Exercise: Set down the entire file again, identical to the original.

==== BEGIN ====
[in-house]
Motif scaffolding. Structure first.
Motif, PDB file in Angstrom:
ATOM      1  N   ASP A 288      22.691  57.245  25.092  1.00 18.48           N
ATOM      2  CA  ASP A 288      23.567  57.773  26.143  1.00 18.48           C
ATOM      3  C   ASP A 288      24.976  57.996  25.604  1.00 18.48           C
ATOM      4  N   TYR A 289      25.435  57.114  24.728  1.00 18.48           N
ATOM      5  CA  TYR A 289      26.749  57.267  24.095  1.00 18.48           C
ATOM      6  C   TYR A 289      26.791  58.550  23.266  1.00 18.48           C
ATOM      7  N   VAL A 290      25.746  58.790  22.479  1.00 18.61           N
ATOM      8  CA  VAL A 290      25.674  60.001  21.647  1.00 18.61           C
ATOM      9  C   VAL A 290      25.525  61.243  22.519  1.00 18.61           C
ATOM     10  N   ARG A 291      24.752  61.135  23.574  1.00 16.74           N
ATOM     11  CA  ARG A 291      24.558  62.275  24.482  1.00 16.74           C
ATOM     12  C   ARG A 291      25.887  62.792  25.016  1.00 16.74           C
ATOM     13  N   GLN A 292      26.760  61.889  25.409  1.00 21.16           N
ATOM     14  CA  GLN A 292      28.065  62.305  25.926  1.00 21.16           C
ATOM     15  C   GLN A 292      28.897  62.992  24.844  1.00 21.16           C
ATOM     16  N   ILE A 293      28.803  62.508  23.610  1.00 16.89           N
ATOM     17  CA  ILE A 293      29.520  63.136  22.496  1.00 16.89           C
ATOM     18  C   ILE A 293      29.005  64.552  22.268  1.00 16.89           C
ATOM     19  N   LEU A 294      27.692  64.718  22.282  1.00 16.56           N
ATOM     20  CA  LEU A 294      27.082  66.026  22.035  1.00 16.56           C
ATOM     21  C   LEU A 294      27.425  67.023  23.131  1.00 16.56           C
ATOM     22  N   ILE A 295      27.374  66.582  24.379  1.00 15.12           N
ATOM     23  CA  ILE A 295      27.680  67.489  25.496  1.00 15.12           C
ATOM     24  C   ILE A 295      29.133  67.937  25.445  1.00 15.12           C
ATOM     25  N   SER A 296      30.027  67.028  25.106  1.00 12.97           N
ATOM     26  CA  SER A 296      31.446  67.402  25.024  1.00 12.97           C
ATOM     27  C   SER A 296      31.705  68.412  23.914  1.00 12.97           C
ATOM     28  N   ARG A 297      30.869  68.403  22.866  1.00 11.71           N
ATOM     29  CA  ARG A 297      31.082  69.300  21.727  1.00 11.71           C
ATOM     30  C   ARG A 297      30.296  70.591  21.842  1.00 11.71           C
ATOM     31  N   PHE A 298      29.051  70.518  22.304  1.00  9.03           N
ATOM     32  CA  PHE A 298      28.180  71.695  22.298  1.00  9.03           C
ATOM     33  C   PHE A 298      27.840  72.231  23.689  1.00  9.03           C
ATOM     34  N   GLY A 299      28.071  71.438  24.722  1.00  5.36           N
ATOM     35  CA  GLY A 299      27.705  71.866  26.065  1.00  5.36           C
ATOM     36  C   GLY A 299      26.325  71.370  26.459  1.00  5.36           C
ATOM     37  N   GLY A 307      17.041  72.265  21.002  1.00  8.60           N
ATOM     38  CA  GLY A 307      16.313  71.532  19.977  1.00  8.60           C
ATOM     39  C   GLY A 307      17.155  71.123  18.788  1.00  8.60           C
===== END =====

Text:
[in-house]
Motif scaffolding. Structure first.
Motif, PDB file in Angstrom:
ATOM      1  N   ASP A 288      22.691  57.245  25.092  1.00 18.48           N
ATOM      2  CA  ASP A 288      23.567  57.773  26.143  1.00 18.48           C
ATOM      3  C   ASP A 288      24.976  57.996  25.604  1.00 18.48           C
ATOM      4  N   TYR A 289      25.435  57.114  24.728  1.00 18.48           N
ATOM      5  CA  TYR A 289      26.749  57.267  24.095  1.00 18.48           C
ATOM      6  C   TYR A 289      26.791  58.550  23.266  1.00 18.48           C
ATOM      7  N   VAL A 290      25.746  58.790  22.479  1.00 18.61           N
ATOM      8  CA  VAL A 290      25.674  60.001  21.647  1.00 18.61           C
ATOM      9  C   VAL A 290      25.525  61.243  22.519  1.00 18.61           C
ATOM     10  N   ARG A 291      24.752  61.135  23.574  1.00 16.74           N
ATOM     11  CA  ARG A 291      24.558  62.275  24.482  1.00 16.74           C
ATOM     12  C   ARG A 291      25.887  62.792  25.016  1.00 16.74           C
ATOM     13  N   GLN A 292      26.760  61.889  25.409  1.00 21.16           N
ATOM     14  CA  GLN A 292      28.065  62.305  25.926  1.00 21.16           C
ATOM     15  C   GLN A 292      28.897  62.992  24.844  1.00 21.16           C
ATOM     16  N   ILE A 293      28.803  62.508  23.610  1.00 16.89           N
ATOM     17  CA  ILE A 293      29.520  63.136  22.496  1.00 16.89           C
ATOM     18  C   ILE A 293      29.005  64.552  22.268  1.00 16.89           C
ATOM     19  N   LEU A 294      27.692  64.718  22.282  1.00 16.56           N
ATOM     20  CA  LEU A 294      27.082  66.026  22.035  1.00 16.56           C
ATOM     21  C   LEU A 294      27.425  67.023  23.131  1.00 16.56           C
ATOM     22  N   ILE A 295      27.374  66.582  24.379  1.00 15.12           N
ATOM     23  CA  ILE A 295      27.680  67.489  25.496  1.00 15.12           C
ATOM     24  C   ILE A 295      29.133  67.937  25.445  1.00 15.12           C
ATOM     25  N   SER A 296      30.027  67.028  25.106  1.00 12.97           N
ATOM     26  CA  SER A 296      31.446  67.402  25.024  1.00 12.97           C
ATOM     27  C   SER A 296      31.705  68.412  23.914  1.00 12.97           C
ATOM     28  N   ARG A 297      30.869  68.403  22.866  1.00 11.71           N
ATOM     29  CA  ARG A 297      31.082  69.300  21.727  1.00 11.71           C
ATOM     30  C   ARG A 297      30.296  70.591  21.842  1.00 11.71           C
ATOM     31  N   PHE A 298      29.051  70.518  22.304  1.00  9.03           N
ATOM     32  CA  PHE A 298      28.180  71.695  22.298  1.00  9.03           C
ATOM     33  C   PHE A 298      27.840  72.231  23.689  1.00  9.03           C
ATOM     34  N   GLY A 299      28.071  71.438  24.722  1.00  5.36           N
ATOM     35  CA  GLY A 299      27.705  71.866  26.065  1.00  5.36           C
ATOM     36  C   GLY A 299      26.325  71.370  26.459  1.00  5.36           C
ATOM     37  N   GLY A 307      17.041  72.265  21.002  1.00  8.60           N
ATOM     38  CA  GLY A 307      16.313  71.532  19.977  1.00  8.60           C
ATOM     39  C   GLY A 307      17.155  71.123  18.788  1.00  8.60           C